The Nigeria Centre for Disease Control and Prevention (NCDC) has said Nigeria is at moderate risk of the importation and impact of the Marburg virus.
Speaking days after Ghanaian authorities announced the death of two patients who were diagnosed with the virus, the Director General of NCDC, Dr. Ifedayo Adetifa said Nigeria is at risk due to its proximity, high traffic from Ghana and countries that share borders with Ghana.
Adetifa explained that while there are no cases of the Marburg virus in Nigeria at the moment, several measures are being put in place to prevent an outbreak in future.
He said the NCDC is on high alert, adding that Nigeria has the capacity to test for the virus presently at the National Reference Laboratory in Abuja and the University of Lagos Teaching Hospital laboratory Centre for Human and Zoonotic Virology.
Adetifa revealed that diagnostic capacity can be scaled up to other laboratories if required as Nigeria has the resources (human, technical and laboratory) for prompt identification and management in the event of a single imported case.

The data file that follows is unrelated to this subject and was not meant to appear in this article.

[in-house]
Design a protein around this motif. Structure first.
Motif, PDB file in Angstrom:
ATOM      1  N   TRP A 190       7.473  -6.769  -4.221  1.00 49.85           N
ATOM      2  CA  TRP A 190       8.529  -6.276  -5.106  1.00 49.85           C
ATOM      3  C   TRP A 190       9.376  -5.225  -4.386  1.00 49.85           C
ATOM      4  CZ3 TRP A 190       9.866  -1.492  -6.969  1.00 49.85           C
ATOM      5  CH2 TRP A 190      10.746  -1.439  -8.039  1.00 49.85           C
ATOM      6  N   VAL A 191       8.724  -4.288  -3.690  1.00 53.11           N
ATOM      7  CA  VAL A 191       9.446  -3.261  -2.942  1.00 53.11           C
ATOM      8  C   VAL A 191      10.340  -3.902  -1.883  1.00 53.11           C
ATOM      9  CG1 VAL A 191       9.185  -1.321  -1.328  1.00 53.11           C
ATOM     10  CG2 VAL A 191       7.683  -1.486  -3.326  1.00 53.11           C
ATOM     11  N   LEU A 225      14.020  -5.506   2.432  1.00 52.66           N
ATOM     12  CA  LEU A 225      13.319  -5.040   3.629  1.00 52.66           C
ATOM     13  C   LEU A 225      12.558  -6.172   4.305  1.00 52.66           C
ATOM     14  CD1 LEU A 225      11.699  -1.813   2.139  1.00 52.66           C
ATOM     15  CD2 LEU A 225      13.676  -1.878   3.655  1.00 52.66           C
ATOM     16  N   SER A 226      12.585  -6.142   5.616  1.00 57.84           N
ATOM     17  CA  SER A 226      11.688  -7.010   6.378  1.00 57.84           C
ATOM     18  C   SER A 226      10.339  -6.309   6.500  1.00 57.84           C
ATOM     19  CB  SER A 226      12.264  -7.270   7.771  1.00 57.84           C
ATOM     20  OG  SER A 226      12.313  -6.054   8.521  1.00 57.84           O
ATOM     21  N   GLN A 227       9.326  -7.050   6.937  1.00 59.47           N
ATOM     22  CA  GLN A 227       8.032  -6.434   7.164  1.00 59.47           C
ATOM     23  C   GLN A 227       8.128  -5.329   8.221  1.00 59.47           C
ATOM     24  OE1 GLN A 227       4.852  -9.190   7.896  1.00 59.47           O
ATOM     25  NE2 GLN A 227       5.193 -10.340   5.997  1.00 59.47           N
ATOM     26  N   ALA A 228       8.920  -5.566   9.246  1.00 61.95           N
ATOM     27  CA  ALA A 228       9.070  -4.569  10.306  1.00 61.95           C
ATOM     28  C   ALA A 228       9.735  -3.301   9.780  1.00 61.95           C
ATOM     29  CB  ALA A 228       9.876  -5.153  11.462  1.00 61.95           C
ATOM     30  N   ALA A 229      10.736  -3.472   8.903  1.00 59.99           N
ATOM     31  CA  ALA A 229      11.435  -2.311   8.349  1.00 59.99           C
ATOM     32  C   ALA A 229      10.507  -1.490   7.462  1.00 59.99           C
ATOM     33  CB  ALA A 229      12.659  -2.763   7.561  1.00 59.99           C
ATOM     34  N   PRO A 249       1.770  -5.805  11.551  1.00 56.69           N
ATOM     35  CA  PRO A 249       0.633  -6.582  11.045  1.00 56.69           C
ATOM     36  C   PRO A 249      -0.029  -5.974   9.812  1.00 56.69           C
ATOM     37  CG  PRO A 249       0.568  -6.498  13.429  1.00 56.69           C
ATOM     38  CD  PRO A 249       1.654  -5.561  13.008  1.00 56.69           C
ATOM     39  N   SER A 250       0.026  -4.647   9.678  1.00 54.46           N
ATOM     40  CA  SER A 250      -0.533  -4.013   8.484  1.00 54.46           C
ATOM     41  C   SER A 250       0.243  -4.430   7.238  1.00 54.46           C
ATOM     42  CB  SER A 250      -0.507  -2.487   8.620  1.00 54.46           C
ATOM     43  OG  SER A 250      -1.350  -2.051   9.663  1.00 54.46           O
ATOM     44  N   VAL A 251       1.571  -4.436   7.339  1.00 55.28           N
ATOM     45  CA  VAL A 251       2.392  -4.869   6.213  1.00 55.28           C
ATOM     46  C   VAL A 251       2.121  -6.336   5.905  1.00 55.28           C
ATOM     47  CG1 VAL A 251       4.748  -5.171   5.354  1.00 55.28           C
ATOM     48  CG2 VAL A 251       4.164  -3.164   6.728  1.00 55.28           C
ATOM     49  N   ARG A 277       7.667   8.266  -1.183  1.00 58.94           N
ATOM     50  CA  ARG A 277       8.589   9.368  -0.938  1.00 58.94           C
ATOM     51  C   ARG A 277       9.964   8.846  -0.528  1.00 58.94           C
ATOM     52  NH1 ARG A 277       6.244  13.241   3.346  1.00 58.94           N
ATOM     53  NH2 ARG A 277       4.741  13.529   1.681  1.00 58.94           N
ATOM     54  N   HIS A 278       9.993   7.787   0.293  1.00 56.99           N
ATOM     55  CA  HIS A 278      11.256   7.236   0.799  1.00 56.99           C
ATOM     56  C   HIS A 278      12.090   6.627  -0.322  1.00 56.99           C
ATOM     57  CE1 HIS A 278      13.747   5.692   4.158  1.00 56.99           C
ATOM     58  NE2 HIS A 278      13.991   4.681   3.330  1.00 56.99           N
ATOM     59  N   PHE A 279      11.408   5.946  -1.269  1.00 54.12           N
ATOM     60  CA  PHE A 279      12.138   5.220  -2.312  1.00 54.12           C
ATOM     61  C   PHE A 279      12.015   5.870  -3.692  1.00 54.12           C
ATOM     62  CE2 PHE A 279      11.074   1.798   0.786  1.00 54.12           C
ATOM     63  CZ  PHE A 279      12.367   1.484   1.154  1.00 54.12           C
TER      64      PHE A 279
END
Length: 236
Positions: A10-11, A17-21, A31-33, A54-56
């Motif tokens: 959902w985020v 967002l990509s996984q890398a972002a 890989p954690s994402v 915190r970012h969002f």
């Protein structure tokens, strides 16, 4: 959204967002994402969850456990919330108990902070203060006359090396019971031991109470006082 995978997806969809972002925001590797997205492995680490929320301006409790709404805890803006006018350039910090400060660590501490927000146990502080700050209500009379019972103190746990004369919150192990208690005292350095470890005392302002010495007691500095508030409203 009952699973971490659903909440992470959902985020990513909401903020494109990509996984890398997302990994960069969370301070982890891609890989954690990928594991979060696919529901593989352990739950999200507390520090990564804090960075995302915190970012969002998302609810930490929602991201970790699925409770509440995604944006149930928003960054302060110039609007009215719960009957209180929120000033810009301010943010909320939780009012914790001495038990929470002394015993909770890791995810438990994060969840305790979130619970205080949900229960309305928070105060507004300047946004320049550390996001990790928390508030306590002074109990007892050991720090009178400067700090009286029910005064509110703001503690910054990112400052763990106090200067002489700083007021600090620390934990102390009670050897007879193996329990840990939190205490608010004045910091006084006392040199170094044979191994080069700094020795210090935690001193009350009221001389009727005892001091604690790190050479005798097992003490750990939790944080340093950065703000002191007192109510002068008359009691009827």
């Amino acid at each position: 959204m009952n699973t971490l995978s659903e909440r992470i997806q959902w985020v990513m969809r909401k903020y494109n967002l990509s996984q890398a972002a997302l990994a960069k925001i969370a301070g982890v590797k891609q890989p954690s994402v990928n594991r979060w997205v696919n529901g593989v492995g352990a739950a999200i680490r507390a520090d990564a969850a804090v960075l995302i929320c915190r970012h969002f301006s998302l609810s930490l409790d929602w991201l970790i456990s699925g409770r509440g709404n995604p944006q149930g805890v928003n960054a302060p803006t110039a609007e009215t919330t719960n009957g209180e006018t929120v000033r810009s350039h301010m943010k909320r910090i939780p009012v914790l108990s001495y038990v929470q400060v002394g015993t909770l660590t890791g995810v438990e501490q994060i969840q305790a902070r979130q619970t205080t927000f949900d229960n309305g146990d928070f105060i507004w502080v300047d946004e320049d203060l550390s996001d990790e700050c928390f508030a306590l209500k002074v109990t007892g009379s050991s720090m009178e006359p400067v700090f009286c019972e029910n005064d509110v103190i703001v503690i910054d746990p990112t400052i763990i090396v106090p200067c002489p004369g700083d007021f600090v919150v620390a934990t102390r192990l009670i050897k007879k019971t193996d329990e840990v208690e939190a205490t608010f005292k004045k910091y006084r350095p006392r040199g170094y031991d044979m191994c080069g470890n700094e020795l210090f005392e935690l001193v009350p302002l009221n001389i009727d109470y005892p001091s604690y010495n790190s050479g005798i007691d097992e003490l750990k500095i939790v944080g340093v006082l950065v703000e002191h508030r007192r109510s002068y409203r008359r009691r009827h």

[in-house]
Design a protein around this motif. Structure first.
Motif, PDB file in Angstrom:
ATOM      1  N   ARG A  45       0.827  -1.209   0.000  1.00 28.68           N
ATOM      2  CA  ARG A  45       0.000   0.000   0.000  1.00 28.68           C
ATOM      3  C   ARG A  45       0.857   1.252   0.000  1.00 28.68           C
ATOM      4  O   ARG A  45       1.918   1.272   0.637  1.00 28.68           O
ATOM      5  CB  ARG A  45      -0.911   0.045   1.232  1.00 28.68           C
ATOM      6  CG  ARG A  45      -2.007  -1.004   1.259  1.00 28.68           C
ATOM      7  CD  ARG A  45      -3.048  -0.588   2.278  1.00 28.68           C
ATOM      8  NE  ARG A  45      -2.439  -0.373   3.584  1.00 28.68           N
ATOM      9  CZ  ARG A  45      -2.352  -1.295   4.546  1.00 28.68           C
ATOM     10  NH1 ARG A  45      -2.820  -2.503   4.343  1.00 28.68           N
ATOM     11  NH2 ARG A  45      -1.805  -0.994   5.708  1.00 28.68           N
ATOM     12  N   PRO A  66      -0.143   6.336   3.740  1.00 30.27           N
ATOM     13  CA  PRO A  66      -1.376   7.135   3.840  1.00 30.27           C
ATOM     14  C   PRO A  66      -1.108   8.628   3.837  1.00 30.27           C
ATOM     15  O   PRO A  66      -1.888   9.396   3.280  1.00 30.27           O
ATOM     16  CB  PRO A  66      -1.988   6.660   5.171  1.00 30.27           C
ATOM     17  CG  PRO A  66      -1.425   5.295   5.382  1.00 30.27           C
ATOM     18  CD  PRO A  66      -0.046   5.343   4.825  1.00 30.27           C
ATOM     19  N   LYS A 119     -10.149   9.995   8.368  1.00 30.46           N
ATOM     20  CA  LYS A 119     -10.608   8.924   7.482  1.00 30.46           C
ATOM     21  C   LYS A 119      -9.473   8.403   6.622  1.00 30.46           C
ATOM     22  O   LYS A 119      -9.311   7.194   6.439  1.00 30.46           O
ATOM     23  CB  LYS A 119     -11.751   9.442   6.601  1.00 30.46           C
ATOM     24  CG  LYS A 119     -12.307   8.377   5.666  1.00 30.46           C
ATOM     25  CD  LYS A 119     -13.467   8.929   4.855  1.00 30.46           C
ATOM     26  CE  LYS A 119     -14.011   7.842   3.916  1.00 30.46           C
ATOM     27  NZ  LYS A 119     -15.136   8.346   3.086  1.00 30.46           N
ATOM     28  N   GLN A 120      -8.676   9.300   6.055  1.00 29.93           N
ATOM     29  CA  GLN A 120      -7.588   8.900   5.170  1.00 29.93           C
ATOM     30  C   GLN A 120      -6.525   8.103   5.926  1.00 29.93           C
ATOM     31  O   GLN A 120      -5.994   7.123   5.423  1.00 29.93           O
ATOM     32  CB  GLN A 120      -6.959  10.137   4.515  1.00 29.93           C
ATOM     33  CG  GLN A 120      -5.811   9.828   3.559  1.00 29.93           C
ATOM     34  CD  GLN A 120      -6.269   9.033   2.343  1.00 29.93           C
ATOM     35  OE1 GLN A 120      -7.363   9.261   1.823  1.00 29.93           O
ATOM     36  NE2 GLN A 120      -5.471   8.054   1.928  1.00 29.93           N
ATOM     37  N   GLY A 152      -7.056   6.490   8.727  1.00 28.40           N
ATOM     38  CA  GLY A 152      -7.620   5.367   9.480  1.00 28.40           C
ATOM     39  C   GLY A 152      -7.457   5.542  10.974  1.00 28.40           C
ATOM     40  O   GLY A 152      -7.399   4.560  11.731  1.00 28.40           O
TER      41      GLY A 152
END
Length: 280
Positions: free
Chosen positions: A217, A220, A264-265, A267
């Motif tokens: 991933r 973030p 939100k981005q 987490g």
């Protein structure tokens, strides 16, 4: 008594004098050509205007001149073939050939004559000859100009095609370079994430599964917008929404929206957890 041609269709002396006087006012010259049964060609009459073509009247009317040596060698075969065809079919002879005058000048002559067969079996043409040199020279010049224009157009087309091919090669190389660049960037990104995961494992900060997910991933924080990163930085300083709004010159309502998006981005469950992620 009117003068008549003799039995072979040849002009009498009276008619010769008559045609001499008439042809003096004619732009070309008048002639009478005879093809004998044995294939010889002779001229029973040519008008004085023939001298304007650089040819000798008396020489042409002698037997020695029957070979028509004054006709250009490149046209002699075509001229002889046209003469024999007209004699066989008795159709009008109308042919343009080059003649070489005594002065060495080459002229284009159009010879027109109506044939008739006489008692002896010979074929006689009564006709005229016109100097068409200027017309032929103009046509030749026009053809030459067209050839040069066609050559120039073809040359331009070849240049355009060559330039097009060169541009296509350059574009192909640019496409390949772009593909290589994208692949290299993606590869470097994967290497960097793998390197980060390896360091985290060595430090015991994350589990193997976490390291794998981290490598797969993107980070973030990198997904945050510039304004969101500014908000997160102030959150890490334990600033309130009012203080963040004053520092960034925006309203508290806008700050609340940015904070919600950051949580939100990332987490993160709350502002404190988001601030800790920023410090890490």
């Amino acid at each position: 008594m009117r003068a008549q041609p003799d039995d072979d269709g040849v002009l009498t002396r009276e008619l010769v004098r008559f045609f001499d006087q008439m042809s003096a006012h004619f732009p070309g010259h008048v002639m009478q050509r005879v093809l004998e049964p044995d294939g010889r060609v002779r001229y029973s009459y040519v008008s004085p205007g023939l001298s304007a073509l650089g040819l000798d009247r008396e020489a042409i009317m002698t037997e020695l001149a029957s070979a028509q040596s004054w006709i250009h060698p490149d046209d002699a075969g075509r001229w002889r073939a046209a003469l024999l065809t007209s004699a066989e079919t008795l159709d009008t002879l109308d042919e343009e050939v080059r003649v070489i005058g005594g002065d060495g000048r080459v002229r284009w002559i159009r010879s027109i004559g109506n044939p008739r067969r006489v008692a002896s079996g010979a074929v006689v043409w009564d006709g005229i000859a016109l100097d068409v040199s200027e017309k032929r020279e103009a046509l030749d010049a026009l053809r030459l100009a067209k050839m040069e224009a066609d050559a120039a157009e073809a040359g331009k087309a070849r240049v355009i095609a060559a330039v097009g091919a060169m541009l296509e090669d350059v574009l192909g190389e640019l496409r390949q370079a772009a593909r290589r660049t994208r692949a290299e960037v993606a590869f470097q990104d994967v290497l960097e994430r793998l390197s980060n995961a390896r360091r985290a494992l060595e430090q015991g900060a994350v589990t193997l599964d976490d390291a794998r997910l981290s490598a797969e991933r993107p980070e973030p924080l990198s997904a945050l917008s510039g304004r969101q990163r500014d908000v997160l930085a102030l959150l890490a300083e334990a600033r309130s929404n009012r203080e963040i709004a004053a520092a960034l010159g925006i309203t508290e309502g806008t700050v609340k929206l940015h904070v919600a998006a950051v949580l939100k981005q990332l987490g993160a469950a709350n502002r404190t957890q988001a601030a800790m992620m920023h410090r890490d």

He said; “Based on available data, the overall risk of both importations of the disease and its potential impact on the Nigerian population is said to be moderate as assessed by NCDC experts and partners given the following:
“The proximity (same region), high traffic from Ghana and countries that share borders with Ghana, the incubation period of 21 days of the virus, heightened surveillance at point of entry, Nigeria’s capacity to respond to the outbreak in the country and the fact that persons with MVD transmit the virus when they become symptomatic unlike for SARS-CoV-2 that causes COVID-19 that can also be transmitted by infected persons without symptoms.”
Marburg virus causes a rare, highly infectious disease and severe hemorrhagic fever in humans and non-human primates just like the Ebola virus.
The virus can be transmitted by exposure to mines or caves inhabited by Rousettus bat colonies, which carry the pathogen.